Food advertising on children’s websites doesn’t meet current nutritional standards

FoodFacts.com has featured our share of blog posts reviewing the ongoing battle to increase the quality of advertising foods targeted to children. In the past food companies have pledged to self-regulate the ads they are placing in the media, promising to promote healthier products for kids.

A new study out of the Yale Rudd Center and published online in Pediatric Obesity, finds that companies are placing billions of ads for unhealthy foods and beverages on children’s websites. The study evaluated banner ads and other display web advertising on sites that are popular with children – sites like Nick.com and CartoonNetwork.com. It’s the first study that looks closely at food advertising on the web that’s specifically aimed at children.

Rudd Center researchers used syndicated Internet usage data from comScore to identify popular children’s websites and the food advertisements viewed on those web sites from July 2009 through June 2010. Food ads were classified by category and the companies’ participation in the food industry’s self-regulatory program, the Children’s Food and Beverage Advertising Initiative (CFBAI). Researchers also evaluated the nutritional quality of the advertised products. Most large food companies are a part of the CFBAI and have pledged to promote only healthier food choices in advertising targeted to children. Web advertising is included in that pledge.

Researchers found that 3.4 billion display advertisements for food and beverages were viewed on popular children’s websites annually. More than one-half of these ads appeared on just two Viacom sites: Nick.com and NeoPets.com. Children who visited NeoPets.com viewed on average 30 food ads per month. Food Manufacturers who are a part of the CFBAI placed 89% of the food advertisements on children’s websites.

Three-quarters of the advertisements promoted brands that food companies participating in CFBAI identified as healthier dietary choices for child-directed advertising, yet the products in 84% of those ads had high levels of fat, sugar, and/or sodium. Almost two-thirds of food ads were for sugary breakfast cereals and fast food. Researchers noted that advertised foods that were designated by CFBAI companies as healthier dietary choices appropriate for child-directed advertising were less likely to meet nutrition standards proposed by the government than other foods advertised to children.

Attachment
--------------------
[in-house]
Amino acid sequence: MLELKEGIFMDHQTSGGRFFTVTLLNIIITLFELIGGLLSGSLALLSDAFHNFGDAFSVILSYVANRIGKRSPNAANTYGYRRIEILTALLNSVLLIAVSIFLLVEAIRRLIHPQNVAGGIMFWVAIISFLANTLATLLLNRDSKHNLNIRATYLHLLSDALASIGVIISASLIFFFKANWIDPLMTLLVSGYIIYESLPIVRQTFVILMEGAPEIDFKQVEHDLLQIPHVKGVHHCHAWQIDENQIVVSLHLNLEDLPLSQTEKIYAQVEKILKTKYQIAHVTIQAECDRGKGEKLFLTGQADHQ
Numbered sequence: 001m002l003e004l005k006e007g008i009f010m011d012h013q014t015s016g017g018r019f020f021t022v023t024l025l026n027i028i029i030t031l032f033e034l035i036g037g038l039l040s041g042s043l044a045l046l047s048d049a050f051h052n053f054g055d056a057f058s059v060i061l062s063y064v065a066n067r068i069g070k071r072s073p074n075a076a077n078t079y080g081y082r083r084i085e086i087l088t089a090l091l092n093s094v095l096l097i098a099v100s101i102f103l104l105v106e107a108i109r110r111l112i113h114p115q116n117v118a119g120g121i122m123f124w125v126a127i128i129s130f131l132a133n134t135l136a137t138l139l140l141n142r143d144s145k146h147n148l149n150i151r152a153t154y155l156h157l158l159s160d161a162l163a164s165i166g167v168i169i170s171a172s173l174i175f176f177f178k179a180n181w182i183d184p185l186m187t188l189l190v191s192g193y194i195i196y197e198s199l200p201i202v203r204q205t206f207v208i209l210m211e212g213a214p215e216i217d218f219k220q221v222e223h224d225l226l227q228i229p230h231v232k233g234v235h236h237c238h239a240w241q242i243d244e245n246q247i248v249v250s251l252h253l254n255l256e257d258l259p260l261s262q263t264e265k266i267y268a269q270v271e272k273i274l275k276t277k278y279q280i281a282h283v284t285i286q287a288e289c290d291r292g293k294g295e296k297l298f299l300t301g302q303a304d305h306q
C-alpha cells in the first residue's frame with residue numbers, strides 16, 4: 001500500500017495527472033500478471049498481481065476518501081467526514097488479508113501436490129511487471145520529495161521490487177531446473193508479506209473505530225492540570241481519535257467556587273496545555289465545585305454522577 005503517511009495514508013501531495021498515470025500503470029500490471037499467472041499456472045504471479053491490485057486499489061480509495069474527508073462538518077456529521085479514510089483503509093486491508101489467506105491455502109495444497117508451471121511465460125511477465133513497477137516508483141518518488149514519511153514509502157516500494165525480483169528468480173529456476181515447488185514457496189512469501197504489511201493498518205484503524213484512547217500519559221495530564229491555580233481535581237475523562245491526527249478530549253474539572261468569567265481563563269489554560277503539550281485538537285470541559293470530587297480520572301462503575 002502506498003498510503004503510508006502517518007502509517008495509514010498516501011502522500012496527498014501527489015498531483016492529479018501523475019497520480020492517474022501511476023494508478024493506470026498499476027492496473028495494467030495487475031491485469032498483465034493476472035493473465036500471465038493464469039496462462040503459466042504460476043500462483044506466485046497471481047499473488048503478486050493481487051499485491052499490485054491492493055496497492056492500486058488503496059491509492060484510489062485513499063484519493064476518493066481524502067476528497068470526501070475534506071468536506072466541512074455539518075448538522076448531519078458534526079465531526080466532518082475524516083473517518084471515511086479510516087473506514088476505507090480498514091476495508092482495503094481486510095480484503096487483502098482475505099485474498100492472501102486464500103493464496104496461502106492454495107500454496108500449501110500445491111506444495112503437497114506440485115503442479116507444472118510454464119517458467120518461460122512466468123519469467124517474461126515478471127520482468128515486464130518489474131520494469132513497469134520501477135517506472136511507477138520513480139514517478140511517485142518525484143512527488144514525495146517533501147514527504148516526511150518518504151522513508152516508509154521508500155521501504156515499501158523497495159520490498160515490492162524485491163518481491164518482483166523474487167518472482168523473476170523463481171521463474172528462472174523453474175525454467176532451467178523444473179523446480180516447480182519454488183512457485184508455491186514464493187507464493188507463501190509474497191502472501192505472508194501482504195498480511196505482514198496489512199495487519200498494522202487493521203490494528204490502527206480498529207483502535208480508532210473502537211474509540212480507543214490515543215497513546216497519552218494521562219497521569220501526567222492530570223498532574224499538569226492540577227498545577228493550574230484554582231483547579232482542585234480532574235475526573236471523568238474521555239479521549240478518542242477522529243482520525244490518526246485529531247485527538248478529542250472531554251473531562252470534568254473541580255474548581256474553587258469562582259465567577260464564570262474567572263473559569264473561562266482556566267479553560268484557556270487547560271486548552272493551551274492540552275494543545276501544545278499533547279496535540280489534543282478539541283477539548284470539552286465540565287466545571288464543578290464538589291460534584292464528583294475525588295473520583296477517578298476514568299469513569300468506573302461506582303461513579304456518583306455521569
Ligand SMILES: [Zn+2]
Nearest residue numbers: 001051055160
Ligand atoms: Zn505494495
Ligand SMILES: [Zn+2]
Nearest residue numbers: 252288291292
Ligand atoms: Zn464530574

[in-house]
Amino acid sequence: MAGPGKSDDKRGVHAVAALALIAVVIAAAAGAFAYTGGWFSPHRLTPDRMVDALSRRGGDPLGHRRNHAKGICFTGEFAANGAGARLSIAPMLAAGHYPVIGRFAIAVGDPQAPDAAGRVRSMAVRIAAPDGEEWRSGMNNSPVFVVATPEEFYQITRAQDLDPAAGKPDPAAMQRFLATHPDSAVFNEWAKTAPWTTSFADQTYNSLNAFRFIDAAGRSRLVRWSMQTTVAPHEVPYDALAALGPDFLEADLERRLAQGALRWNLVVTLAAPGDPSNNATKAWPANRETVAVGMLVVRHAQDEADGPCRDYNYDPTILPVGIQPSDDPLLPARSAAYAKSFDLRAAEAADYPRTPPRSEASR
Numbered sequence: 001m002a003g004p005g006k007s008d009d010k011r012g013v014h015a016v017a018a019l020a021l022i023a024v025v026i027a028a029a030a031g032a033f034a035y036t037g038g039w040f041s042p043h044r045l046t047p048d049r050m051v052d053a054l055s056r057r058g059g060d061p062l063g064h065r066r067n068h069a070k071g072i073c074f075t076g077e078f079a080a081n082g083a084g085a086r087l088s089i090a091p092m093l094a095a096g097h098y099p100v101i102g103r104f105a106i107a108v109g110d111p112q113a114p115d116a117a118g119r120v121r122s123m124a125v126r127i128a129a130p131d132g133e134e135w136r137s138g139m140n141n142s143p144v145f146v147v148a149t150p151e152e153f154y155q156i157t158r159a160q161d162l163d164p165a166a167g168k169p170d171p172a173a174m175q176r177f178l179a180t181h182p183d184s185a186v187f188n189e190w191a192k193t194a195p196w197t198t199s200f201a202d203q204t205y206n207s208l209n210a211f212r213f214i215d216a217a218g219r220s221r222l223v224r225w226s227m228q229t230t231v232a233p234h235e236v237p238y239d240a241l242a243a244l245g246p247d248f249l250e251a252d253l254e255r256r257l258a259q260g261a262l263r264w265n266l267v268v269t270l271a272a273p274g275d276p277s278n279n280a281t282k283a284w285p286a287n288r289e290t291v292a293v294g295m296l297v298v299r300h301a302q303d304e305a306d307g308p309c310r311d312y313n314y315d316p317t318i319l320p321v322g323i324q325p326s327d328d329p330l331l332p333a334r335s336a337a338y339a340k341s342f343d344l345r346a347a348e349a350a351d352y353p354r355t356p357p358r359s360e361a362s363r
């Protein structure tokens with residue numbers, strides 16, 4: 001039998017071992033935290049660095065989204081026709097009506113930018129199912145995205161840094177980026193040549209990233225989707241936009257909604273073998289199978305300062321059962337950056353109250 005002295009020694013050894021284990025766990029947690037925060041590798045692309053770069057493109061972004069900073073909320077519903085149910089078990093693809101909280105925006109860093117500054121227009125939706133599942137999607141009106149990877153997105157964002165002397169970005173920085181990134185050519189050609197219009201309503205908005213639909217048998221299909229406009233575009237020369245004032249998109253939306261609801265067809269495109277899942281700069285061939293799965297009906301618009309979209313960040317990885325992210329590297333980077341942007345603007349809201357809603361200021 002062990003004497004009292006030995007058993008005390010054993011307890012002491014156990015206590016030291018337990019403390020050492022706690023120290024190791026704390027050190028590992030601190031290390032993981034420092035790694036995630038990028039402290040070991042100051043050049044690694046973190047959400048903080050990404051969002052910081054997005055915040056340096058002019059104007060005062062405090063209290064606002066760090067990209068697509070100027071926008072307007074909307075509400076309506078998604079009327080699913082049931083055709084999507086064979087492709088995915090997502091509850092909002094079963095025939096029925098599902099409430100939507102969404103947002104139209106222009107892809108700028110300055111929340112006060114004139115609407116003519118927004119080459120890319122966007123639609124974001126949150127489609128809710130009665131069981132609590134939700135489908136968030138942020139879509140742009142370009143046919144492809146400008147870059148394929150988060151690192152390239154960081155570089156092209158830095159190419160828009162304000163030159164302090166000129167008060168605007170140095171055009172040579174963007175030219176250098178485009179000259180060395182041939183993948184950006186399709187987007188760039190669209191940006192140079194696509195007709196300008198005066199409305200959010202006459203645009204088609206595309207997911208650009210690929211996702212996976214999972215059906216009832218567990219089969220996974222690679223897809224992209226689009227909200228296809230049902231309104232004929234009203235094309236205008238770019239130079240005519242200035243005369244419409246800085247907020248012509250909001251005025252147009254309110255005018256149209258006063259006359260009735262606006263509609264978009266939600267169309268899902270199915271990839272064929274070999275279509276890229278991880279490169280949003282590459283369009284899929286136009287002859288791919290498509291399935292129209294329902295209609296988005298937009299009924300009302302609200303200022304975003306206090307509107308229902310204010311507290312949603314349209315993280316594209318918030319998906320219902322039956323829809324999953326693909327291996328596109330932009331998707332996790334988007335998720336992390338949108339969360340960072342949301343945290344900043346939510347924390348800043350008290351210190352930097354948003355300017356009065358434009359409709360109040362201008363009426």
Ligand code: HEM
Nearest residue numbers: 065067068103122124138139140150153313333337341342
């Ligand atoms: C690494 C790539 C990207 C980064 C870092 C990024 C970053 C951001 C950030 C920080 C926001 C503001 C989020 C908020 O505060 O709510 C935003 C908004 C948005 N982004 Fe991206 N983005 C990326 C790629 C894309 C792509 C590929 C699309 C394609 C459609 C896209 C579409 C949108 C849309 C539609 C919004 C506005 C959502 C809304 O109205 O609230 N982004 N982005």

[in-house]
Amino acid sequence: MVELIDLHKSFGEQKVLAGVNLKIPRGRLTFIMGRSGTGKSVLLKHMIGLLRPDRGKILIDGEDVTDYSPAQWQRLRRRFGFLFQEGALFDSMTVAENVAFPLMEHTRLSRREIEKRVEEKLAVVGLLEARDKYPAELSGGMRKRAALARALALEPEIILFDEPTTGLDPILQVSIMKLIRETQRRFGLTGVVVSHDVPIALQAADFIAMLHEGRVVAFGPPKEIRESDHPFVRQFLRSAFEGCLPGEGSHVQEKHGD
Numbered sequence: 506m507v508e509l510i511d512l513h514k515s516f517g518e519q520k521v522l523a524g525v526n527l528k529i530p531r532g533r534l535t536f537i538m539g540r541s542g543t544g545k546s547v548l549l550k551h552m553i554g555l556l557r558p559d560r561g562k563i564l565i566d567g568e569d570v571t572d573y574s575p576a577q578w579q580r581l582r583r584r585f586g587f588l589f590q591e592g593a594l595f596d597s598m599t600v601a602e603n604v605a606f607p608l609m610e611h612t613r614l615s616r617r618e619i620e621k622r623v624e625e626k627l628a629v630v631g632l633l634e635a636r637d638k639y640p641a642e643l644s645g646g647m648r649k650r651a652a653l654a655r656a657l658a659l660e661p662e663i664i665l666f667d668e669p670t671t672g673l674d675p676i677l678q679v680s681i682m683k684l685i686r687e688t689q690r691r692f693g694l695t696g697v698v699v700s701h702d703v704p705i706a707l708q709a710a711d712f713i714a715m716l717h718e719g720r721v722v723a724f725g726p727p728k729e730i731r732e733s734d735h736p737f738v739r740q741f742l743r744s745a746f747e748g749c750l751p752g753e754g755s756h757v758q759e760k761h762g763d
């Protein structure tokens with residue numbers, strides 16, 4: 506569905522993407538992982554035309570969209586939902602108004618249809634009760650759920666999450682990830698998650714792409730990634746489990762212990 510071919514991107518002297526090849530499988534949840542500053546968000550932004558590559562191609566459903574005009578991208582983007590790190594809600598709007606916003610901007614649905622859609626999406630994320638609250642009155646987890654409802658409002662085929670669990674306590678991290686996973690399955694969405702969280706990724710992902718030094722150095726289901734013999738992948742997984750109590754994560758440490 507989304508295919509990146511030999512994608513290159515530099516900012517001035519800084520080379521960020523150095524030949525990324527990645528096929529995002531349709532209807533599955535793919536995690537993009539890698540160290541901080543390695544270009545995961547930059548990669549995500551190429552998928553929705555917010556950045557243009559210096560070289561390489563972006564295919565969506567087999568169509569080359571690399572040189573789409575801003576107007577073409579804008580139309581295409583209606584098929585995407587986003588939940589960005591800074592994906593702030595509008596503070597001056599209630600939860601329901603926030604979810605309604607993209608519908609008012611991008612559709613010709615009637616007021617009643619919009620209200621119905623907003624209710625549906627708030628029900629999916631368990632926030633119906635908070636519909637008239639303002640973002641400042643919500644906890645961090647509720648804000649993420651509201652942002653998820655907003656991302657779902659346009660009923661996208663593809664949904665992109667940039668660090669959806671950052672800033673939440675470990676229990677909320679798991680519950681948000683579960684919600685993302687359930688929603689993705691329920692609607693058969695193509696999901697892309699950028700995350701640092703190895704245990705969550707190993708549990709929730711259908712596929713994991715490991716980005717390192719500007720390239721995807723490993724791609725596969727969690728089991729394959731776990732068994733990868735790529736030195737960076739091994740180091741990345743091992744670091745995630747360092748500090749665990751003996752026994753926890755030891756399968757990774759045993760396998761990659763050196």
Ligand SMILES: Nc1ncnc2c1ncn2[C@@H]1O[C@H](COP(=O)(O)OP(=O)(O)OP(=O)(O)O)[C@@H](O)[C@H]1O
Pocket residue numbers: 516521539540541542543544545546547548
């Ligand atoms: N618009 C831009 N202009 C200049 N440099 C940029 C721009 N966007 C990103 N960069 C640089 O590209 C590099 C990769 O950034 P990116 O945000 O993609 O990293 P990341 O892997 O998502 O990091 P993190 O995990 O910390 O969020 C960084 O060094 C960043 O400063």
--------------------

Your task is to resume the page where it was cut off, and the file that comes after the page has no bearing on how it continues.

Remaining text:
To address limitations of the CFBAI, the U.S. Congress commissioned an Interagency Working Group on Food Marketed to Children (IWG) with representatives from four government agencies to develop more effective guidelines for responsible food marketing to children. The authors assert that stronger nutrition standards are required for foods marketed to children, such as those proposed by the IWG, to meaningfully improve the nutritional quality of food and beverage advertising on children’s web sites.

There have been previous studies conducted in regards to food advertising on television that’s targeted to children. Those studies have shown that the self-regulatory concept of the CFBAI haven’t changed much on TV in terms of the nutritional quality of the foods marketed to kids. This study demonstrates that CFBAI pledges aren’t protecting children from web advertising of nutritionally poor foods. While the content of websites like Nick.com and CartoonNetwork.com are safe and engaging for children, over one-third of the food advertising that kids are seeing constantly on those sites are for foods that contain high levels of sugar, fat or sodium.

FoodFacts.com knows that any parent who has taken a child to a grocery store understands how much food advertising affects our kids. If it looked cool and fun on TV or on the internet, kids beg their parents to purchase the product. The point is that healthy foods can also be cool and fun and manufacturers can be more responsible about the products to which they are exposing our children. While we certainly understand that content is king for any website, when it comes to websites for children, adults need to consider more than the safety of the content their children are engaging with. When it comes to giving our children the healthiest start in life, ads count too. Let’s all practice viewing media choices for children through the lens of nutritional awareness!

http://news.yale.edu/2013/07/08/foods-advertised-popular-childrens-websites-do-not-meet-nutrition-standards